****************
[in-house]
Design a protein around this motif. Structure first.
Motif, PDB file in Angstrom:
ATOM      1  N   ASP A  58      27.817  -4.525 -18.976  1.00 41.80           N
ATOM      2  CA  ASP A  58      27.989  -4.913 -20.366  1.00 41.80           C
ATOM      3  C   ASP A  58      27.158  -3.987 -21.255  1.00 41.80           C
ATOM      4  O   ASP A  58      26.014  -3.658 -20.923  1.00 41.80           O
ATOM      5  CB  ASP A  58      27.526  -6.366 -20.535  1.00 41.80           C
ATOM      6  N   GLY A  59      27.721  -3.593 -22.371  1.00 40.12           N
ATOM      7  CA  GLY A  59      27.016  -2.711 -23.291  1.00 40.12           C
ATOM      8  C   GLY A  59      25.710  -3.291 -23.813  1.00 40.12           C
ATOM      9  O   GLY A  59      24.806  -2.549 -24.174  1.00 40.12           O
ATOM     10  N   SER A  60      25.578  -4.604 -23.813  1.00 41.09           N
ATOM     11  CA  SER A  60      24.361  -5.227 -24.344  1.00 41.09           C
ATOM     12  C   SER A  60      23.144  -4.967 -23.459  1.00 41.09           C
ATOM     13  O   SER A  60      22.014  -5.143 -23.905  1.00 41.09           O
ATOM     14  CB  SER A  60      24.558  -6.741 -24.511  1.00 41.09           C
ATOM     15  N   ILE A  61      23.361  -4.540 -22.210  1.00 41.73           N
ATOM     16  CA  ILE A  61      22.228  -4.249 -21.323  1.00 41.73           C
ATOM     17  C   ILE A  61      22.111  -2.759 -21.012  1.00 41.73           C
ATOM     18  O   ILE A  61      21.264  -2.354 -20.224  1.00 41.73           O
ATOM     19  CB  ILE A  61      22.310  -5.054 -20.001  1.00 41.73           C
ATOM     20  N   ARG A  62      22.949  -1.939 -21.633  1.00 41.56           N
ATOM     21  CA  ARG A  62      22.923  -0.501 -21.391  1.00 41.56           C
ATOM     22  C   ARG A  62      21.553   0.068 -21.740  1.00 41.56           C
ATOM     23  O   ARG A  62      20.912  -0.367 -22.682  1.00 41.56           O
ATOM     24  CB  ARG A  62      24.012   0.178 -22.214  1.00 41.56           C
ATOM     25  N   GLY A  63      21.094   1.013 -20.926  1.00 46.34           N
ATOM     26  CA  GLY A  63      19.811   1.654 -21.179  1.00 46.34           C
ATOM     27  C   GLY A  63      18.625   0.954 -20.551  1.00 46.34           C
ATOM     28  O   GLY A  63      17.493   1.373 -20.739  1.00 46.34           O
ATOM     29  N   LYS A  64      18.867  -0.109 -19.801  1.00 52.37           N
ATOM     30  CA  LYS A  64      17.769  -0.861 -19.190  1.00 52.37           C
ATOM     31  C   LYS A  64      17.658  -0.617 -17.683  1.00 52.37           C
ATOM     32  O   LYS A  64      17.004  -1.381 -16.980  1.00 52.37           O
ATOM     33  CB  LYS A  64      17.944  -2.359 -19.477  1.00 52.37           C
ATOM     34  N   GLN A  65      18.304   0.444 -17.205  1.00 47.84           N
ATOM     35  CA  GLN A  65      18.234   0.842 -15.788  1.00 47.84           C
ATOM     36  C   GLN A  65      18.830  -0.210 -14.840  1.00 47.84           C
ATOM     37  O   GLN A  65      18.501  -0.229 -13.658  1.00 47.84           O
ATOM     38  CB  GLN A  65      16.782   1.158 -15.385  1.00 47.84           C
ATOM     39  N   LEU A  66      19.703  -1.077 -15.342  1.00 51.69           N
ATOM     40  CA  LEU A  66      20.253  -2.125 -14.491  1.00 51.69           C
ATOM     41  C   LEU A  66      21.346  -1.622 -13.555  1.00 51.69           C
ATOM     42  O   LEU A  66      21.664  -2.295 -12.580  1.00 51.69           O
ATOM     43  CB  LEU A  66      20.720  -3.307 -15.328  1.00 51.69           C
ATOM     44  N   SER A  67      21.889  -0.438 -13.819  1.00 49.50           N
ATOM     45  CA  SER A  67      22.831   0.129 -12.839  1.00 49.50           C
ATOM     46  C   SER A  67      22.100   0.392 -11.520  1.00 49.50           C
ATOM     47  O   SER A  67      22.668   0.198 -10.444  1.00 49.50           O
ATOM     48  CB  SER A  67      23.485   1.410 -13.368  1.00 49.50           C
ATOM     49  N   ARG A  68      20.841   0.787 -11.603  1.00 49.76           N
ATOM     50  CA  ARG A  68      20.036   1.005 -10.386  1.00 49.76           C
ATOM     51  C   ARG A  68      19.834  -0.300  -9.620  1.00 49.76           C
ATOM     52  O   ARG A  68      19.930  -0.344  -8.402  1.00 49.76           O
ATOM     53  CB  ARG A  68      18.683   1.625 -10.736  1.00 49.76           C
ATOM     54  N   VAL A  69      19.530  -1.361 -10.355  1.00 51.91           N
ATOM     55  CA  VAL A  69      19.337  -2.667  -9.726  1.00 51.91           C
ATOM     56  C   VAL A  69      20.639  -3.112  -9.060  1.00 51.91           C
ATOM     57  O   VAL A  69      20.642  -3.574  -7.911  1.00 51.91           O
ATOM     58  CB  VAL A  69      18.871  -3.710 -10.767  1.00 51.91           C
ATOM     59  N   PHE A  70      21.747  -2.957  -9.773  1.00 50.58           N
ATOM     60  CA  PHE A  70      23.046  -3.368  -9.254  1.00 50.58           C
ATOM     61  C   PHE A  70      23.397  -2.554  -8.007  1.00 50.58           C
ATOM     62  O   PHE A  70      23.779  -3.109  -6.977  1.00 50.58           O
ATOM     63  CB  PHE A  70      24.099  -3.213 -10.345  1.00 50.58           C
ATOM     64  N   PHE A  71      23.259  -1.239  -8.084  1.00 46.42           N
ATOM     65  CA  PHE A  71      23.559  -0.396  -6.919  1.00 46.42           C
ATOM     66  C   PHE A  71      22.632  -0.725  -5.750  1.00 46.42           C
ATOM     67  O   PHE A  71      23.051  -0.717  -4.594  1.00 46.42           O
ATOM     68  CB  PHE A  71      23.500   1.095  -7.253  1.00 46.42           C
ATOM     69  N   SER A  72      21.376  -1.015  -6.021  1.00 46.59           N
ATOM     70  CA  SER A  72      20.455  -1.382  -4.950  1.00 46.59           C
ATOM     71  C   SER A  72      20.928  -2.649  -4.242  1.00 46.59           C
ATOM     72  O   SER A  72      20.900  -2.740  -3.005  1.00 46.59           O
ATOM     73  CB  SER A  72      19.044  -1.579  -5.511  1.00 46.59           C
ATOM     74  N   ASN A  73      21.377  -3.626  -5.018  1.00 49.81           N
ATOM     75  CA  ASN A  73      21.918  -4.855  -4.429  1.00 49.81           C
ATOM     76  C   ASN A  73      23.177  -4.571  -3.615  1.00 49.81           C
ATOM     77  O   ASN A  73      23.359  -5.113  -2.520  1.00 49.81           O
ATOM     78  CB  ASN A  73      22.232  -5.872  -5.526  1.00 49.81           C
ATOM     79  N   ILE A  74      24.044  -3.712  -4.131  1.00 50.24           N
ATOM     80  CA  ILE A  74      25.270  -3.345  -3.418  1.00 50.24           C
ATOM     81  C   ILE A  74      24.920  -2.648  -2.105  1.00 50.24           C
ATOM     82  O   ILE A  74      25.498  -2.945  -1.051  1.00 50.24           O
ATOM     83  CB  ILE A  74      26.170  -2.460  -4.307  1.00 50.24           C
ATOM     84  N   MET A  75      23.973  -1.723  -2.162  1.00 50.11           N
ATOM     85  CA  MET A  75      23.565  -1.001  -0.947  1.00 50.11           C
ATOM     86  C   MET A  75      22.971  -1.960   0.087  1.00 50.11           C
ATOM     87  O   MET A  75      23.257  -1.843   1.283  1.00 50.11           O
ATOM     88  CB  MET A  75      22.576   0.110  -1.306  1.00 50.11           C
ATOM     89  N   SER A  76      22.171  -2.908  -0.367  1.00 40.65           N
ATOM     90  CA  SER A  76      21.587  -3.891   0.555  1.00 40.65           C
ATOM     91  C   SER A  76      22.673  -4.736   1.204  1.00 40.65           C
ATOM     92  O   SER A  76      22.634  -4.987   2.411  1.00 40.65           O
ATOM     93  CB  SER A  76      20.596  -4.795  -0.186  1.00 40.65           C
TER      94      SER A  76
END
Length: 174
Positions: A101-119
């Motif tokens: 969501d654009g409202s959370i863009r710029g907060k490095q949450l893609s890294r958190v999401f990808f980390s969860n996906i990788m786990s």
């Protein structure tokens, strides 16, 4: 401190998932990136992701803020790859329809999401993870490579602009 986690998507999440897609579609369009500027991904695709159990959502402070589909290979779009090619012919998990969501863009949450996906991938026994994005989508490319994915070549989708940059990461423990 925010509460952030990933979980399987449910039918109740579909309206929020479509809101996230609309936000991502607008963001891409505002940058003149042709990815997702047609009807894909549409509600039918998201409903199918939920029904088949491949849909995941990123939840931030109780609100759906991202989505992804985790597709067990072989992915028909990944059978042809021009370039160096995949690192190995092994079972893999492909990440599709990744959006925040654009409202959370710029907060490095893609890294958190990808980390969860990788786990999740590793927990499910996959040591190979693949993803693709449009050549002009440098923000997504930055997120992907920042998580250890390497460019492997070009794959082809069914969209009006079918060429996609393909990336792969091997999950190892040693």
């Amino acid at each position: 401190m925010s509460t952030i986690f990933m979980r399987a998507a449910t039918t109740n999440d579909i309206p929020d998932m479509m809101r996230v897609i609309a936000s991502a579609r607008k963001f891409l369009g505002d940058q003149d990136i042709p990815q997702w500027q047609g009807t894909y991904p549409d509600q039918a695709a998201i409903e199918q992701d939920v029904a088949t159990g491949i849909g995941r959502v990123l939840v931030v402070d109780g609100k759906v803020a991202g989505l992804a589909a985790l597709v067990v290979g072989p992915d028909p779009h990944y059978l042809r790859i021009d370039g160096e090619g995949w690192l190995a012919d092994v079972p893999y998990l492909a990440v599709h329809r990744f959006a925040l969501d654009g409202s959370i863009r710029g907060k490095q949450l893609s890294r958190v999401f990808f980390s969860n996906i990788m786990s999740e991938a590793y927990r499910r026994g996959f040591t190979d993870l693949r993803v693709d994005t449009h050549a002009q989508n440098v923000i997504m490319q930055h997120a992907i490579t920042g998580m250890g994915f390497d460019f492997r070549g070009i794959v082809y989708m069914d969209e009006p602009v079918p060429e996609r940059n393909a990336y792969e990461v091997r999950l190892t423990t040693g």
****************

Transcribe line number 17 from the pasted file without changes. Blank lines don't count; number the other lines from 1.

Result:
ATOM     14  CB  SER A  60      24.558  -6.741 -24.511  1.00 41.09           C